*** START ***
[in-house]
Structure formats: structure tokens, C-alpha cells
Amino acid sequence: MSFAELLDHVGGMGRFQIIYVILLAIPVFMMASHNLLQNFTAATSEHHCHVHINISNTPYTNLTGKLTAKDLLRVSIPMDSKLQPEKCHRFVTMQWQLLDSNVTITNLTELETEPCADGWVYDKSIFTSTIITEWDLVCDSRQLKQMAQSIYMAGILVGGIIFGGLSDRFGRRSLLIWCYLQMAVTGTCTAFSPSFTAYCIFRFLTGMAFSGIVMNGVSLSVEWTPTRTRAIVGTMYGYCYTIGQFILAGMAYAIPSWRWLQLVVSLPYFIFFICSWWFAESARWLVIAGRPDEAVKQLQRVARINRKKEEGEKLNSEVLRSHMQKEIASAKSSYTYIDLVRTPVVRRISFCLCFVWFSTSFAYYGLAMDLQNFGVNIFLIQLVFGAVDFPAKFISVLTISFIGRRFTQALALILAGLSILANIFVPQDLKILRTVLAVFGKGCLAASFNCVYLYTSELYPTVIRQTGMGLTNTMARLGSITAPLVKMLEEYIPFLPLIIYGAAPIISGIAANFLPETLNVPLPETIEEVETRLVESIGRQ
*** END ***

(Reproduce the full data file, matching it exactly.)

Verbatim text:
[in-house]
Structure formats: structure tokens, C-alpha cells
Amino acid sequence: MSFAELLDHVGGMGRFQIIYVILLAIPVFMMASHNLLQNFTAATSEHHCHVHINISNTPYTNLTGKLTAKDLLRVSIPMDSKLQPEKCHRFVTMQWQLLDSNVTITNLTELETEPCADGWVYDKSIFTSTIITEWDLVCDSRQLKQMAQSIYMAGILVGGIIFGGLSDRFGRRSLLIWCYLQMAVTGTCTAFSPSFTAYCIFRFLTGMAFSGIVMNGVSLSVEWTPTRTRAIVGTMYGYCYTIGQFILAGMAYAIPSWRWLQLVVSLPYFIFFICSWWFAESARWLVIAGRPDEAVKQLQRVARINRKKEEGEKLNSEVLRSHMQKEIASAKSSYTYIDLVRTPVVRRISFCLCFVWFSTSFAYYGLAMDLQNFGVNIFLIQLVFGAVDFPAKFISVLTISFIGRRFTQALALILAGLSILANIFVPQDLKILRTVLAVFGKGCLAASFNCVYLYTSELYPTVIRQTGMGLTNTMARLGSITAPLVKMLEEYIPFLPLIIYGAAPIISGIAANFLPETLNVPLPETIEEVETRLVESIGRQ